- The tip of your nose: When you gaze forward.
- Your navel: When you’re in cat pose.
- Between your feet: When you’re in downward-facing dog pose.
Try to implement drishti during your next yoga class and notice how your practice improves.
The “Do No Harm” Principle
Every time you’re on your mat, it’s a different day, situation, and set of circumstances. Sometimes, those differences are drastic—even from a Monday to a Tuesday. The “Do No Harm” principle promotes being kind to yourself, your body, and your entire being because you never really know how life affects you.
Some days you might feel amazing, full of energy, and ready to tackle every pose! You might get deep into every Warrior pose, and feel like you could live forever balanced on one leg. Other days, you might be out of breath after the first 15 minutes, your thighs might start trembling halfway through, and your balance might be on vacation.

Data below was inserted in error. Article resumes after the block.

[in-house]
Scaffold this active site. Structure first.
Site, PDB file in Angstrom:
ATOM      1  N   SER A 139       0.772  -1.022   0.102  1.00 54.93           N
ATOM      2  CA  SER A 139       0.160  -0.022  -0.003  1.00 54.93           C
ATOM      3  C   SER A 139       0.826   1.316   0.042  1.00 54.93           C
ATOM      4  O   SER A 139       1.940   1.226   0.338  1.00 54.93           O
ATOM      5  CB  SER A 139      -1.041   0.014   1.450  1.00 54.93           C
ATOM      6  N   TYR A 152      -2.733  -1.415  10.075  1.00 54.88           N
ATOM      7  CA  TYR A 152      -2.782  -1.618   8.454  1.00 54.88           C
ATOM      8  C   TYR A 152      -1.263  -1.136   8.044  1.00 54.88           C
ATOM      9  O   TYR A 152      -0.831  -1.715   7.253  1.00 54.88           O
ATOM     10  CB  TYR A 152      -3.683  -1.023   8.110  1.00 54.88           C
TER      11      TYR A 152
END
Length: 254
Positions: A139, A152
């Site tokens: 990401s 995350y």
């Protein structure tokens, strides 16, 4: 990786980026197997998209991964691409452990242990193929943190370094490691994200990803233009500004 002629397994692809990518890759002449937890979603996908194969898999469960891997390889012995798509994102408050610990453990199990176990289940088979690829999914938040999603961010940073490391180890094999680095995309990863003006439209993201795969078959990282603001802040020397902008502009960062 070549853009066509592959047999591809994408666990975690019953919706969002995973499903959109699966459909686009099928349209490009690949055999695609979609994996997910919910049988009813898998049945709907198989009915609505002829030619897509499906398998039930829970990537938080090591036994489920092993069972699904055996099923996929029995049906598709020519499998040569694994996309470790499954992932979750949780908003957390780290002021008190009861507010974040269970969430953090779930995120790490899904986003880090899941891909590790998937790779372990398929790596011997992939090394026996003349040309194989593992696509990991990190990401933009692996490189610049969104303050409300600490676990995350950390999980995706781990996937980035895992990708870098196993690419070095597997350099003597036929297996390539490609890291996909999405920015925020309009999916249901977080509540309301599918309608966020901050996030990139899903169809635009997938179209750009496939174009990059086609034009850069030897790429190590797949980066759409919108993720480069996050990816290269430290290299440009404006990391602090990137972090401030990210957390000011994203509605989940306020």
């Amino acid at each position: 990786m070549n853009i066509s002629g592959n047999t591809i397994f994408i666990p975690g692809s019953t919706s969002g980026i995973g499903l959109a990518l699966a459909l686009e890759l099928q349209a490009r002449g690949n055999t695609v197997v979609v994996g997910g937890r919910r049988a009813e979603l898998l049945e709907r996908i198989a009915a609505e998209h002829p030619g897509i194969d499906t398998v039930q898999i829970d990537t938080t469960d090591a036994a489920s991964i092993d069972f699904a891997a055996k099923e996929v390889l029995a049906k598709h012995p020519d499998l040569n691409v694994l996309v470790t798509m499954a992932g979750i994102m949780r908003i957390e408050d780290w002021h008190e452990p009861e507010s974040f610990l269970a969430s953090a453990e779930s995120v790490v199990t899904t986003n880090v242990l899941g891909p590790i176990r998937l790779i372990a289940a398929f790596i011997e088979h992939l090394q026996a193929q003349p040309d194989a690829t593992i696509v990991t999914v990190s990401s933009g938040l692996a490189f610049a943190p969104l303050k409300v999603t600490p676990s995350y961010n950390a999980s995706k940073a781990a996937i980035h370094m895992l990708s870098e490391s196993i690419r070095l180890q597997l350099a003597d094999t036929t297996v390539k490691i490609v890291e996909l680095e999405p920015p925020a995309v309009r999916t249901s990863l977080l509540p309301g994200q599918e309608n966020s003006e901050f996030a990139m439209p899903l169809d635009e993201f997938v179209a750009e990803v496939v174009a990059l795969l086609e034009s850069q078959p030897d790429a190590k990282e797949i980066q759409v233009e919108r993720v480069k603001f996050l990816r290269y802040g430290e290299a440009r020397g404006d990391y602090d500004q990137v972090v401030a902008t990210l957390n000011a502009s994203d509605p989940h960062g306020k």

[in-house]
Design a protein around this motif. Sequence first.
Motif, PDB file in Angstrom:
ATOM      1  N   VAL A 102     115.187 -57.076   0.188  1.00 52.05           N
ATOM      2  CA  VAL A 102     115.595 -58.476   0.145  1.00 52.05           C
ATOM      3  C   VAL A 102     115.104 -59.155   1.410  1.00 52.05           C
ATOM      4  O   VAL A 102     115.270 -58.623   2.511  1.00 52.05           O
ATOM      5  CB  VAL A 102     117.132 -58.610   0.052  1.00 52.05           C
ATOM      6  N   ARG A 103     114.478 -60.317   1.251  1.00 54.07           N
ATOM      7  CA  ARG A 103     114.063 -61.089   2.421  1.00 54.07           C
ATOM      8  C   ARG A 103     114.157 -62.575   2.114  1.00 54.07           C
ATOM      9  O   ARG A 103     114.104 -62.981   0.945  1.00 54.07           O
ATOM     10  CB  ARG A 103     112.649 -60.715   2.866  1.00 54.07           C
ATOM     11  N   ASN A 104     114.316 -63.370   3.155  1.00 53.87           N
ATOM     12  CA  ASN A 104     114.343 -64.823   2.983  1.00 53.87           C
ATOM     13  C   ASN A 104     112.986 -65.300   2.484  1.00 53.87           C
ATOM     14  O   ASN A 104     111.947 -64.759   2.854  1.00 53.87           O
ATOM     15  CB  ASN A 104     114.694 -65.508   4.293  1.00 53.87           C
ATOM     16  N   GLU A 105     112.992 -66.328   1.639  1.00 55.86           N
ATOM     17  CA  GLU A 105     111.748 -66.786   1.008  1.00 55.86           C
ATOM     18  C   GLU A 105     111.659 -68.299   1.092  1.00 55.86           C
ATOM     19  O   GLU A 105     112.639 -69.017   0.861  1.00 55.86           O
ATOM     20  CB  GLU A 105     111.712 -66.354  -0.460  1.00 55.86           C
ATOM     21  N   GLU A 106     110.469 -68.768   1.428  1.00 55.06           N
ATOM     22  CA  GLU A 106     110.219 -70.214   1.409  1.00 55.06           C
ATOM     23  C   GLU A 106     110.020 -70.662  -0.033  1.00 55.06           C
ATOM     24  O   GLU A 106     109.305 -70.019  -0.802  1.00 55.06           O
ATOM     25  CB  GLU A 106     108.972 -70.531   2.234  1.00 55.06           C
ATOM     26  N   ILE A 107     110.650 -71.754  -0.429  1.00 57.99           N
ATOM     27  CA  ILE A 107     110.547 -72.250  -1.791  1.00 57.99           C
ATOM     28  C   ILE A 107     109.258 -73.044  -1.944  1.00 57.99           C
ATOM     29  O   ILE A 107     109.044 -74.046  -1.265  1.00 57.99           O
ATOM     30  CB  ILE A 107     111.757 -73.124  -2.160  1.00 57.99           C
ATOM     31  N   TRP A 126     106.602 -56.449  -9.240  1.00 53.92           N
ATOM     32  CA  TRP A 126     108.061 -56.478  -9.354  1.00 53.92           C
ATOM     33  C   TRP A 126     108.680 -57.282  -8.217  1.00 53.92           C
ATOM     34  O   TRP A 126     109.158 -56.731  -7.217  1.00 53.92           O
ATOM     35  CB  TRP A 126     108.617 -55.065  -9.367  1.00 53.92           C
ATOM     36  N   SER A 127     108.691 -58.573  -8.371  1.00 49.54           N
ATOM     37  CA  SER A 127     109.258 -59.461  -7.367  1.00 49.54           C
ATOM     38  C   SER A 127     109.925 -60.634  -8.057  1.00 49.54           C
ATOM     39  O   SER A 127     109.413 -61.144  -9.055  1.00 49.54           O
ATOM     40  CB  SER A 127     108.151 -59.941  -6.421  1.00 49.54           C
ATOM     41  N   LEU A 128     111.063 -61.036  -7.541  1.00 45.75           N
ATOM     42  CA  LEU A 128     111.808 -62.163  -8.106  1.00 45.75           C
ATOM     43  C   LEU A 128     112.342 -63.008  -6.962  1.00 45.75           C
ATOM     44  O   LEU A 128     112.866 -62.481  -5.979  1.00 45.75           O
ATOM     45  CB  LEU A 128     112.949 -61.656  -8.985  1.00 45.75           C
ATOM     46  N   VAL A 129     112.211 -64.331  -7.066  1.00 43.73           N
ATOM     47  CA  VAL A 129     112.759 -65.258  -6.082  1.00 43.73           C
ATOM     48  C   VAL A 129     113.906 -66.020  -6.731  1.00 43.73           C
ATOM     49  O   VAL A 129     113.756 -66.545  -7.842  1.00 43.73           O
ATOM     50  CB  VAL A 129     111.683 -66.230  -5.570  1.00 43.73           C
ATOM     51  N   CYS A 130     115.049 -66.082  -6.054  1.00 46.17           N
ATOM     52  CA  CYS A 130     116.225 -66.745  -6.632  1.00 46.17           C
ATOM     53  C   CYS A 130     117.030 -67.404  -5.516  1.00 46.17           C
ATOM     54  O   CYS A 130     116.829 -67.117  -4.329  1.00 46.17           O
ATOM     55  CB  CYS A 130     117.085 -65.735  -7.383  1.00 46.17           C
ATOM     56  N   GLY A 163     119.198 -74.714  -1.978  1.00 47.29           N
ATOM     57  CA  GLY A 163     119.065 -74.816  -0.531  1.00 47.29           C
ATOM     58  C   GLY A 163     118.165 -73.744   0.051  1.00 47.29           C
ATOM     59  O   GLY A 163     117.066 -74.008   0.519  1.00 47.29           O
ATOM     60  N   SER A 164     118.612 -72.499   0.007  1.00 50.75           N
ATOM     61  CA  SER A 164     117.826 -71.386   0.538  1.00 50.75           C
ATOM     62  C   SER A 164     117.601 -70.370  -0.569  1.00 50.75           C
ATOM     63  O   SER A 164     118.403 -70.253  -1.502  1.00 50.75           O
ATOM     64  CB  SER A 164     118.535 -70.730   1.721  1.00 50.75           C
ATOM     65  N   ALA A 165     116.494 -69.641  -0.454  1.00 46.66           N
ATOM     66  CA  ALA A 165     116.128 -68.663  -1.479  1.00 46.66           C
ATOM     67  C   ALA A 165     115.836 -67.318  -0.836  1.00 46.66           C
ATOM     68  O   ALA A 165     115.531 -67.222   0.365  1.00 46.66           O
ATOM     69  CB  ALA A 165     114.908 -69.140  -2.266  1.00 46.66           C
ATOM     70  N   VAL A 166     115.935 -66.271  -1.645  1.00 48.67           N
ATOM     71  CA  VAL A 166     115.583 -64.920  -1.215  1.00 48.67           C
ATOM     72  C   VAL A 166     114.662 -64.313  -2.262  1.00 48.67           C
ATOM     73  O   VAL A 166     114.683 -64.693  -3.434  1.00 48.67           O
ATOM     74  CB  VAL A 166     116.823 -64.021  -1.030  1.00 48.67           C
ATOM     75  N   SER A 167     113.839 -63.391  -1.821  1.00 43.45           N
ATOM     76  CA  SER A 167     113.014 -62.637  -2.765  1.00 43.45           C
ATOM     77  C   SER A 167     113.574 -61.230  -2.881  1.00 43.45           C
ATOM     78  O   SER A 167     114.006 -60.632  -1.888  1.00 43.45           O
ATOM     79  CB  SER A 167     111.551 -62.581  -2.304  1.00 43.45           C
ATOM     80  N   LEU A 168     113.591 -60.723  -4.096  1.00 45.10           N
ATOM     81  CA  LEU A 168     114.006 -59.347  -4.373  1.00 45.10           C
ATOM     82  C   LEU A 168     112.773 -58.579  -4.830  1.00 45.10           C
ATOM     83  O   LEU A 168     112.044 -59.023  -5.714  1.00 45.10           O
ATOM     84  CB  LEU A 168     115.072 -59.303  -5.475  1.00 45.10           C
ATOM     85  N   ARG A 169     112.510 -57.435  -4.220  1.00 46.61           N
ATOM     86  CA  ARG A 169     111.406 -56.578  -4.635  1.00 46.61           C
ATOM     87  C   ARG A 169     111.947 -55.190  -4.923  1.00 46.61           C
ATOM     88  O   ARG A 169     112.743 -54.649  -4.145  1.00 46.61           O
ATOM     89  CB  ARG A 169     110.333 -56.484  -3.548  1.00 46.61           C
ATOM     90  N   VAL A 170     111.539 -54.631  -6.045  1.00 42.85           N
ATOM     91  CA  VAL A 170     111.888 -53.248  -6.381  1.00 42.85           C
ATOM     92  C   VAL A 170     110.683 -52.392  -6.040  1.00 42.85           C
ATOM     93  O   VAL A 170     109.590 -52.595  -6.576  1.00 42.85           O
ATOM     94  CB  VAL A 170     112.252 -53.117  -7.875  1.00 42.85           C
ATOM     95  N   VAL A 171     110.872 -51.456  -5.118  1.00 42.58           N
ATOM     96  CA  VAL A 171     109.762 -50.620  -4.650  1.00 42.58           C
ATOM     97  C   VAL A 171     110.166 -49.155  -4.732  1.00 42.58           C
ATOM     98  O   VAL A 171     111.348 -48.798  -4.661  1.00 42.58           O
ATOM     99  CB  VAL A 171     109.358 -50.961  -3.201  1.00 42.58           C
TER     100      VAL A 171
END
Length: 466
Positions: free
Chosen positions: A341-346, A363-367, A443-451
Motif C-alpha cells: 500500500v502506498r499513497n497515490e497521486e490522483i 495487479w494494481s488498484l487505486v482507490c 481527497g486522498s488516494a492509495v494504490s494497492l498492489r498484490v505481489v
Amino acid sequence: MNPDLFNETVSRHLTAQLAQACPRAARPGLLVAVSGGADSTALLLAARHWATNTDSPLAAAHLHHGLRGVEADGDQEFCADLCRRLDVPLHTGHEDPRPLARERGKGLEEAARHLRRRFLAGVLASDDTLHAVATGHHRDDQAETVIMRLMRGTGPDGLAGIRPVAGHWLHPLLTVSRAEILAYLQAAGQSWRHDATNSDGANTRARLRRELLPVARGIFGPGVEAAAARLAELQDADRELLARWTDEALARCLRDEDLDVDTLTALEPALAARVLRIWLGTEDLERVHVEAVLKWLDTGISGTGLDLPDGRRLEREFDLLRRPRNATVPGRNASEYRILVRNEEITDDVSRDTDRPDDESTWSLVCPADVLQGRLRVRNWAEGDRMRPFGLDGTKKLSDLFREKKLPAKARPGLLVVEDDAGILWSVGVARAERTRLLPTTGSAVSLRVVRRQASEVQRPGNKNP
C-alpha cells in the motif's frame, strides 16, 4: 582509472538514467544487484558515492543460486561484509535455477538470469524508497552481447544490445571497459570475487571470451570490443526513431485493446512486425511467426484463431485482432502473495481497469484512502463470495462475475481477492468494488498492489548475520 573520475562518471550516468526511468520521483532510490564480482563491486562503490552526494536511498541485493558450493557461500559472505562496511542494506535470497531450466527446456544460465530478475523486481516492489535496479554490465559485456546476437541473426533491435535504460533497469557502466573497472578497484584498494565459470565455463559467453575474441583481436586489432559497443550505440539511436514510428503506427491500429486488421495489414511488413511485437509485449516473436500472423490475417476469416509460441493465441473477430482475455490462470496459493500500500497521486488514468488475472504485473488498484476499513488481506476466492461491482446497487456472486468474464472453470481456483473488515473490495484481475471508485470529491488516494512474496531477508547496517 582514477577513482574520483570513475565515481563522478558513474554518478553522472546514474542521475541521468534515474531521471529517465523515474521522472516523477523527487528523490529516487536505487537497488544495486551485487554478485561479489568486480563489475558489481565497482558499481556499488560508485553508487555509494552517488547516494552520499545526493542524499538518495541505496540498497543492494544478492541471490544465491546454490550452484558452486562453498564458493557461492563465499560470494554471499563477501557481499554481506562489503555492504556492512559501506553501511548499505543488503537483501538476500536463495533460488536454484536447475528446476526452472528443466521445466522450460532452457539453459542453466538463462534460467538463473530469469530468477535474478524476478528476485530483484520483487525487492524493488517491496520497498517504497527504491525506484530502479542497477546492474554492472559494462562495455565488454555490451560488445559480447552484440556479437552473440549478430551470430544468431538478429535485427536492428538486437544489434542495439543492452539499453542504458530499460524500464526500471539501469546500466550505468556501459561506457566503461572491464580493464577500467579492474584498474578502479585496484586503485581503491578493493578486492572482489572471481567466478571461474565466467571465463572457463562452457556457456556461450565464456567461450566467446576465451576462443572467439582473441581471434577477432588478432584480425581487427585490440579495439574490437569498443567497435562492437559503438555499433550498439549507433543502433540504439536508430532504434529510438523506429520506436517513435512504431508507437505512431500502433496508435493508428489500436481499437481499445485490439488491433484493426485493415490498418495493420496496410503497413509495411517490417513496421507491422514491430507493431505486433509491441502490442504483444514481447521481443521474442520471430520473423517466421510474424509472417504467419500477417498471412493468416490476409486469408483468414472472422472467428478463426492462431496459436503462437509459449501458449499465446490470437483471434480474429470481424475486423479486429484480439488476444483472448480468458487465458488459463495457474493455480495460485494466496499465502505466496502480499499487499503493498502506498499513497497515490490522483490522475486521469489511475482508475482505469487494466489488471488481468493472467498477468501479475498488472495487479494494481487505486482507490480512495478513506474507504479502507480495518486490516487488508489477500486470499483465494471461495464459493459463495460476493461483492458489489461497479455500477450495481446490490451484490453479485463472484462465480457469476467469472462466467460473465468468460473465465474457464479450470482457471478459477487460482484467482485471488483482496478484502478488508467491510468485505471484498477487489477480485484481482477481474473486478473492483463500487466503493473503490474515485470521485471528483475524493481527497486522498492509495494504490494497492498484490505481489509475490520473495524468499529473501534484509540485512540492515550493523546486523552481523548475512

So many things influence the way your body feels—the amount of sleep you got the night before, how well you digested your last meal, the time of day or year, or even how difficult it was to find a parking spot at your yoga studio.
All these things contribute to your overall state. Treat every practice like a separate entity—don’t compare it to a session yesterday or two months ago. Be mindful of how your body feels at present, and all the hints and signs it’s sending you. Don’t go too deep if the poses don’t feel good, and don’t try to force anything if you feel pain or too much tension.
Your body’s trying to tell you something, and it’s best to listen. You don’t want to risk getting injured. Let go of judgment, frustration, negative self-talk, or anything else that might make you ignore your body’s signals.
“Do no harm” and take care of your body—you’ve only got one!
Yoga is a wonderful practice, but it’s a constant one. Each time you’re on your mat, you’re growing, learning, listening, and assessing. If you can stay connected to these three important things, they’ll help you take your yoga journey to a whole new level—even if you’ve just started your journey!